Intravascular papillary endothelial hyperplasia (IPEH) is a benign vascular lesion usually involving the head-and-neck region and the upper extremities. IPEH is alternatively known as Masson's hemangioma and Masson's intravascular hemangioendothelioma. It consists of reactive proliferation of endothelial cells with papillary formations related to a thrombus involving the skin and subcutaneous tissue mostly. Eyelid and orbital involvement have been reported in various series., To our knowledge, no case with a conjunctival involvement has been reported yet.
Here, we report a case of Masson's tumor which occurred in the lid margin and later in the conjunctiva after 1 year which mimicked ocular surface squamous neoplasia.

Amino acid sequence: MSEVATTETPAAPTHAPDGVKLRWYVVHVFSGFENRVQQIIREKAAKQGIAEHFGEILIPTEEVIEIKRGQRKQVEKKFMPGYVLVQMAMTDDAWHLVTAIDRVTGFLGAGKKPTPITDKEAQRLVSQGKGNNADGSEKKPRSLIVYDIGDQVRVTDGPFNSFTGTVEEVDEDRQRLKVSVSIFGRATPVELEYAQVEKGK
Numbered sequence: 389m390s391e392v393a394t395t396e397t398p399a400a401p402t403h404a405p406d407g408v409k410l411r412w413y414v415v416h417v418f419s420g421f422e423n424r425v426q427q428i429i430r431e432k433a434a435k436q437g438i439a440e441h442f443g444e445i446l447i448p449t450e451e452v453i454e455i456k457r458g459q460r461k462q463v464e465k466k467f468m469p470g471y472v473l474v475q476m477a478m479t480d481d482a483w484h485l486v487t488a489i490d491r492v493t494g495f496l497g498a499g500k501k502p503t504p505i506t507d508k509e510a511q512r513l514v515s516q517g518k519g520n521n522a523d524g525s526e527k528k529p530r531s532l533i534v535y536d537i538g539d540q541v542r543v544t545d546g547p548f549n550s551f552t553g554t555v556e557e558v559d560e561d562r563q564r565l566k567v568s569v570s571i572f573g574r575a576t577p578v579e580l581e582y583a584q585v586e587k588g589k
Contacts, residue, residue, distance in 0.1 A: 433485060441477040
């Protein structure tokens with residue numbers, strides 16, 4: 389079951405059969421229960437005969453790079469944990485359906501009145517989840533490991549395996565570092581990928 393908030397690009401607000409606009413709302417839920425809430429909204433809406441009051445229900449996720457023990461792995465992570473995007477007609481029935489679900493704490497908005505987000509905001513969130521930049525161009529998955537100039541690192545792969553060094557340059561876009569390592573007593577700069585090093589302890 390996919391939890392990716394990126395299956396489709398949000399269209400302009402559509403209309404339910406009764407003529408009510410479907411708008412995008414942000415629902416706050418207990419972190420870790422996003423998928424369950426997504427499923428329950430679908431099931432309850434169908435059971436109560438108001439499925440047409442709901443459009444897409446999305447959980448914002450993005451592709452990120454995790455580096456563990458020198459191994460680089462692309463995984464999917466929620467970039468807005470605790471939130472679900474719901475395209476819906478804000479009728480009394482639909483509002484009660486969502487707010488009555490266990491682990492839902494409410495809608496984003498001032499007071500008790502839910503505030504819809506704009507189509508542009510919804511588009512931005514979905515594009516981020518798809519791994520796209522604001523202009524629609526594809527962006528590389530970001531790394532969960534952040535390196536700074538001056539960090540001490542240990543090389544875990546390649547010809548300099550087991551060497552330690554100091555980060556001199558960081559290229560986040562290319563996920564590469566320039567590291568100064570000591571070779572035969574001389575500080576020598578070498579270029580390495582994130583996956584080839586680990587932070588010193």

| Case Report|| |
A 56-year-old gentleman presented with a history of recurrent episodes of bleeding from a lesion in the left upper eyelid for 2 years. Excision and cauterization of the base was done multiple times in the past. The best-corrected visual acuity was 6/6 N6 in both eyes. On examination, he had a vascular lesion of size 5 mm × 3 mm involving the medial part of the left upper eyelid. He also had two blackish elevated skin lesions of size 2 mm × 1 mm involving the right side of the forehead. With the provisional diagnosis of hemangioma/pyogenic granuloma of the lid, we excised the lesion under local anesthesia and the base was cauterized. The histopathology showed sinusoidal channels with papillary projection into the lumen with prominent endothelial cells in the dermis. Areas of hemorrhages and siderophages were seen. In the deep dermis, there was an area of hemorrhage which was suggestive of IPEH.